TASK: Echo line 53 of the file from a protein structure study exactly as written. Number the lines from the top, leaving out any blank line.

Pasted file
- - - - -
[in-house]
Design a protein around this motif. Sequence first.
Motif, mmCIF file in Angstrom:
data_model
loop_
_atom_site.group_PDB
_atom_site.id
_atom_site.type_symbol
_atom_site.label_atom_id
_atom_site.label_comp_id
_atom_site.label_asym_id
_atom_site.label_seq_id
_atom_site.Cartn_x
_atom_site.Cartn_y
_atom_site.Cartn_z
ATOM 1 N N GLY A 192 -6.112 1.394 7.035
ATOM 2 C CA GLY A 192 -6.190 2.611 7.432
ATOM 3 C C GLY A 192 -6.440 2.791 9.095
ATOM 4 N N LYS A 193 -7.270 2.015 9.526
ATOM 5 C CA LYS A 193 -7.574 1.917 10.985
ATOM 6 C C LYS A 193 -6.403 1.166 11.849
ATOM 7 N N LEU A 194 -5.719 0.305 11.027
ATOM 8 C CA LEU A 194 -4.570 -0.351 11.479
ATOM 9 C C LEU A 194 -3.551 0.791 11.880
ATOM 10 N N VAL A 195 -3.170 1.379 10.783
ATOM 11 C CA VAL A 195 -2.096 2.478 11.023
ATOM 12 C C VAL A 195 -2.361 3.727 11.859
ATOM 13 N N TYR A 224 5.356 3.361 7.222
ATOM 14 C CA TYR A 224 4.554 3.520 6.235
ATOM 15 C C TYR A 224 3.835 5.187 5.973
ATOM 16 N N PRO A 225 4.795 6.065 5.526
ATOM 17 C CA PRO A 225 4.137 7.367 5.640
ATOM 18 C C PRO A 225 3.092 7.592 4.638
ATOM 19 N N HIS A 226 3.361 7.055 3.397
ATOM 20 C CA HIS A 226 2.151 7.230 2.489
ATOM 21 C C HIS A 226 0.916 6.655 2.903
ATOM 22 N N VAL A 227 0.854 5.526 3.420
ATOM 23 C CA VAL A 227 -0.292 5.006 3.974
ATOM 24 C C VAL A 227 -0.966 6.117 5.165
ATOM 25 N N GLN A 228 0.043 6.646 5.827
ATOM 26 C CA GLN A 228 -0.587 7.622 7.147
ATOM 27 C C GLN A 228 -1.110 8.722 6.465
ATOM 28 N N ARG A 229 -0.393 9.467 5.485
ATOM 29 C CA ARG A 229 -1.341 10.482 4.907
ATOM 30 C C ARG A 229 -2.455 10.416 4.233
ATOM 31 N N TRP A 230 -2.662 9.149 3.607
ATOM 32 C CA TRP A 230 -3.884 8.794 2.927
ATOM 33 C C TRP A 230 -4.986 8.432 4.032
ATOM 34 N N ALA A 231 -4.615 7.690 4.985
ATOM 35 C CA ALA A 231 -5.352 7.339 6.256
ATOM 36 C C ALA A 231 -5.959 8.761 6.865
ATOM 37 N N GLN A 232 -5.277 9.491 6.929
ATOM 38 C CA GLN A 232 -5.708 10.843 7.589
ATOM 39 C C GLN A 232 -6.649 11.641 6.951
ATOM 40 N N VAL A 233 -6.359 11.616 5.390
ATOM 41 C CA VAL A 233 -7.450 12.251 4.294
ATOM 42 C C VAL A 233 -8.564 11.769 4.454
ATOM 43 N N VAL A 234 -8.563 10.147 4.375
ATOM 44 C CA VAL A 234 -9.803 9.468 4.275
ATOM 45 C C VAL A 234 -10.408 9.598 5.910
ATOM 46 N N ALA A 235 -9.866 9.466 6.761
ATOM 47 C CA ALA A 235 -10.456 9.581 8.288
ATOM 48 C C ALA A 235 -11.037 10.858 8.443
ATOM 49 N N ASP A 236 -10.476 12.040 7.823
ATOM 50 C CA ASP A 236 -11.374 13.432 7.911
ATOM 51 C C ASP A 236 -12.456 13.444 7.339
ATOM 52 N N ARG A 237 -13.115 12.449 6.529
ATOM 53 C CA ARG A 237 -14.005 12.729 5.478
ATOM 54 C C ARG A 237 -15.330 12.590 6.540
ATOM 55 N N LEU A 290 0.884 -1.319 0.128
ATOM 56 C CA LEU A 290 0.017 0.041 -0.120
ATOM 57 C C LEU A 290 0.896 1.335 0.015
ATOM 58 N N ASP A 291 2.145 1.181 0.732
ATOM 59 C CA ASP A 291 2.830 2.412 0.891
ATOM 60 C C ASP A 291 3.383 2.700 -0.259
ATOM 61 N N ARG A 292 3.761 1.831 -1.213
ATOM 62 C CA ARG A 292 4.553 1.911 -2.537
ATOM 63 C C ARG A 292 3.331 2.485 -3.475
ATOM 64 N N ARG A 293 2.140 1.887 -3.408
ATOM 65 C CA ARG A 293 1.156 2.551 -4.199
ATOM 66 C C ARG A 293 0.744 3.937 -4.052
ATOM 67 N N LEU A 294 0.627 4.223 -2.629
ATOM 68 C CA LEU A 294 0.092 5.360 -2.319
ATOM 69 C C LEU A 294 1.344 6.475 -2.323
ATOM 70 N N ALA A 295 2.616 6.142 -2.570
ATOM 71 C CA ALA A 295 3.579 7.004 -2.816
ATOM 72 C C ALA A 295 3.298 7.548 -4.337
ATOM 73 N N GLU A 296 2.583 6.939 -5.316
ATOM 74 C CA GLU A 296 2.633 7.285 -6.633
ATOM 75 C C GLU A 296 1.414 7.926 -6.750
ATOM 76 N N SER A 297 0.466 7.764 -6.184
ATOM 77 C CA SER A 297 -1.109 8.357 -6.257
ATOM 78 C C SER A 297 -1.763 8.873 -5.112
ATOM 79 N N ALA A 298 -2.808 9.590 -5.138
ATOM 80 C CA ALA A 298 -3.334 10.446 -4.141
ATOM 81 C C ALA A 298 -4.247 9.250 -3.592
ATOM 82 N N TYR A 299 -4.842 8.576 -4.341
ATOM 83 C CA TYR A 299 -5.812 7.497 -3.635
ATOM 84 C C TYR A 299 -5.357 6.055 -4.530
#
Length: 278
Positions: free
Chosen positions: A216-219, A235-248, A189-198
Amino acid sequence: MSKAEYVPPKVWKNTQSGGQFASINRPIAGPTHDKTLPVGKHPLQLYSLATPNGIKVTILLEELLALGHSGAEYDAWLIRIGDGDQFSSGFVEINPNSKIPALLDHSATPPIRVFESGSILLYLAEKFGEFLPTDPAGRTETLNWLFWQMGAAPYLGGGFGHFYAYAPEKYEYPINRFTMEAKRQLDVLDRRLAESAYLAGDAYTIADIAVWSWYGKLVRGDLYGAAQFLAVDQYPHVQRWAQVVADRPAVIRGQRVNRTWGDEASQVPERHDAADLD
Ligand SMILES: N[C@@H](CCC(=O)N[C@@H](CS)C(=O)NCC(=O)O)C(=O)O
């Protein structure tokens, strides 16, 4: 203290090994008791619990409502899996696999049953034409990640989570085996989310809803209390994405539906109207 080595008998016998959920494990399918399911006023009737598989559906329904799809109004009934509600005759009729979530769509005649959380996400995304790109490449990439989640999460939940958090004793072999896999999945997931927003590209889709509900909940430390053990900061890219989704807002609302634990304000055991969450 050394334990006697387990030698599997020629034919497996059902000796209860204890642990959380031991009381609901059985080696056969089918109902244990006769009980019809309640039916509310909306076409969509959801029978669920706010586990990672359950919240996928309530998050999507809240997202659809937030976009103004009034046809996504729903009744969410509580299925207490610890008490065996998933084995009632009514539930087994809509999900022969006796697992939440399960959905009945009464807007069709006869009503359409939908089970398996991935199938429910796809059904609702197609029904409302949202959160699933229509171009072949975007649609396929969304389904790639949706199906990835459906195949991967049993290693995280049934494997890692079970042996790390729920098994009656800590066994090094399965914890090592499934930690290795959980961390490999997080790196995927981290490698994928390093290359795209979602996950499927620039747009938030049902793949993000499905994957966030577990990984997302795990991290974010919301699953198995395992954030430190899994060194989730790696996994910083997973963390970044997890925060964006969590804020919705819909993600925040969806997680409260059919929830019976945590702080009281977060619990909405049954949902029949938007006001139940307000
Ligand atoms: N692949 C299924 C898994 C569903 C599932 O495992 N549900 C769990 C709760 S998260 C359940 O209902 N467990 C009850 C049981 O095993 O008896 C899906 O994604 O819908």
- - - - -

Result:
ATOM 38 C CA GLN A 232 -5.708 10.843 7.589